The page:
Understanding insurance

When their green home has been built and the keys are in your clients’ hands, they must think about insuring their home. One of the biggest mistakes that green-homebuyers make is thinking they can insure their home like a traditional home.

All the things that went into making the home green make it more expensive to insure when there is a partial or total loss. This is because, though green homes are not new, they are not mainstream. As such, reconstruction costs can be much higher than other homes.

For instance, the roofer who designed and built a recycled-tire roof may not be around to replace it, and a general roofer may not know how. It’s the same idea with solar water heaters or geothermal heating and cooling systems: The cost to replace them may exceed the cost involved when they were first installed.

Insurance companies use a standard valuation program to determine a home’s replacement-cost value. The program takes into account the home’s particular features, as well as local construction and labor costs. This is where questions about a home’s square-footage, the number of bedrooms and bathrooms, and other construction features come into play.

Because green homes have individualized construction materials and can be more labor-intensive, the cost to rebuild or replace them is higher than traditional homes. Your clients should look over everything in their home with their insurance agent, from the walls to the flooring, heating and insulation that make their home green. This will let them determine a replacement-cost value on the home that may be higher than the actual cost to build it.

For example, a 2,000-square-foot home with brick veneer and a regular roof may cost $165,000 to rebuild. A green home in the same area with the same square footage but that has a special roof, lighting, exterior walls and more plumbing may cost $205,000 to rebuild.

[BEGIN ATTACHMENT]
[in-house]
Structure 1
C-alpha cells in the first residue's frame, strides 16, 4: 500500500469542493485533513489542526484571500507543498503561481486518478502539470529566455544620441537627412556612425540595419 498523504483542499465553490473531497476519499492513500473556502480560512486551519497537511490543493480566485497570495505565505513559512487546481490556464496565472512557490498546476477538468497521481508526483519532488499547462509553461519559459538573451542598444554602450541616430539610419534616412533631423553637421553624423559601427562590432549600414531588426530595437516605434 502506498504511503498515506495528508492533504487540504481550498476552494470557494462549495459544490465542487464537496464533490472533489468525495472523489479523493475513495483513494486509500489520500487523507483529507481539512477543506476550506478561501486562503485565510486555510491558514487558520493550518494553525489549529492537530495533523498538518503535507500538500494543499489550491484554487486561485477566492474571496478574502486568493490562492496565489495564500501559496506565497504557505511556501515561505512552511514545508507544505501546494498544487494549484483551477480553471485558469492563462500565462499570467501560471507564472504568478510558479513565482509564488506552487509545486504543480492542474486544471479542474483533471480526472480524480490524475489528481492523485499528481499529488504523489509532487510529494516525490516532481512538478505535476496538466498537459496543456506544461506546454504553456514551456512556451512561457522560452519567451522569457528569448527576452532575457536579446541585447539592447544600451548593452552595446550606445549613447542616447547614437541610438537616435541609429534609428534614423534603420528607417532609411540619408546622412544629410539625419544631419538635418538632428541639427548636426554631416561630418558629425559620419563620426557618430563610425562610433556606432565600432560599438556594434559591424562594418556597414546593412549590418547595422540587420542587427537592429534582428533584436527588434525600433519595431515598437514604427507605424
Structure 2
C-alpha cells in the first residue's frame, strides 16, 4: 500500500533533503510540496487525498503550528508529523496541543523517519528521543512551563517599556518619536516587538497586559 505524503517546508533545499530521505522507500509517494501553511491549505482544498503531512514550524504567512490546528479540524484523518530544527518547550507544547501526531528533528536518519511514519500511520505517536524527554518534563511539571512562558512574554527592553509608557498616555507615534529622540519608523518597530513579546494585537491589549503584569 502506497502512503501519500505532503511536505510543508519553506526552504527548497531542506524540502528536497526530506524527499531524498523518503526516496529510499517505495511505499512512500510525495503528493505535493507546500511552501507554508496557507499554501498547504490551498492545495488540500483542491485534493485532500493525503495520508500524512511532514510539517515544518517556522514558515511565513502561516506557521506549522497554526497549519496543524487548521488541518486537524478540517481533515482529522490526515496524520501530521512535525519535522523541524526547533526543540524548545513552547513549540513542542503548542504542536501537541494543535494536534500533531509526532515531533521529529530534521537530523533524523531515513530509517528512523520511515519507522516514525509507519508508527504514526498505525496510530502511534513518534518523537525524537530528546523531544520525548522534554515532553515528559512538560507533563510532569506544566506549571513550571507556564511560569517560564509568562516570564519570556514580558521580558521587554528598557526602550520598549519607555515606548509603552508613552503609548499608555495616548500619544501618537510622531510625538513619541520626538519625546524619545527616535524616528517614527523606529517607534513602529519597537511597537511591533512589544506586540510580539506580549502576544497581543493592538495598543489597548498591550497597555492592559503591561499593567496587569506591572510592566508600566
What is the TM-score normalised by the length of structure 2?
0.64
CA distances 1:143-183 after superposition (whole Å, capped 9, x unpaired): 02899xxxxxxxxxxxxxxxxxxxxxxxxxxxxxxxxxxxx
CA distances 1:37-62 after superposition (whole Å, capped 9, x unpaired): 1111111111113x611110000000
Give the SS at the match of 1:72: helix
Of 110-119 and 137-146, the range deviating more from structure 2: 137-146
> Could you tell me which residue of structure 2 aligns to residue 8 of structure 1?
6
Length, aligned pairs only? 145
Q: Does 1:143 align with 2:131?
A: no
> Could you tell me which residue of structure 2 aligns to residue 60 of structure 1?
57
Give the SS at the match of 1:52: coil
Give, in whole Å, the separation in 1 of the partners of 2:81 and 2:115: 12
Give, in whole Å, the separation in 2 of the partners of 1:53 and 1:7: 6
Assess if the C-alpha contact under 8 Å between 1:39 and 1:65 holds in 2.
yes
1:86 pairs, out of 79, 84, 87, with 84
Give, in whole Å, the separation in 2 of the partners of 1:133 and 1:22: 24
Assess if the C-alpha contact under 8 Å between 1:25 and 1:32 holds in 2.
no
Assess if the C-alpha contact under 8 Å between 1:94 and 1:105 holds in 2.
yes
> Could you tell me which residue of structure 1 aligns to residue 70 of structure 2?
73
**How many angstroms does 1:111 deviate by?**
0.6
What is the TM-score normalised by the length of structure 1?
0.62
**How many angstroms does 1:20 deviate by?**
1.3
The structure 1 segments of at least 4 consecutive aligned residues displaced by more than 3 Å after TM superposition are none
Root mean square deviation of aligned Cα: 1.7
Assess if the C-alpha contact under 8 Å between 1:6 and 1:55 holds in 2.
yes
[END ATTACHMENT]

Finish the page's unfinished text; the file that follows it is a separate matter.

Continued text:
Additional riders

Once the insurance agent has determined the replacement-cost coverage on the home, an important endorsement your clients should ask for is the guaranteed replacement coverage. This rider will give them 25-percent or 50-percent coverage above the amount for which their home is insured, in case the cost to rebuild is greater than what was determined. This helps cover any rebuilding-cost overruns that may come up during the course of rebuilding a green home.

In homeowners’ policies, there also is a rider that covers ordinance and law issues. This covers any extra rebuilding costs brought on by updated ordinance laws regarding construction/materials on residential homes.

For example, older homes may have aluminum wiring, and a new ordinance could require any homes built to have copper or plastic insulated wiring, which would be more expensive. Or a new ordinance may require homeowners to have ground-fault-interrupter circuits in every room, which they did not have before.

These extra costs to update homes are not covered under typical homeowners’ policies. Remember, insurance companies cover to replace homes with like kind/quality, not to cover the extra costs associated with updating a home because of new building or ordinance laws. The ordinance/law coverage therefore provides extra protection for homeowners if they are faced with such added expenses.

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Green homes are here and increasing in popularity as society becomes more environmentally conscious. But the cost to insure them may be greater than traditional homes. Advise your clients so they’re not caught off guard by this added expense.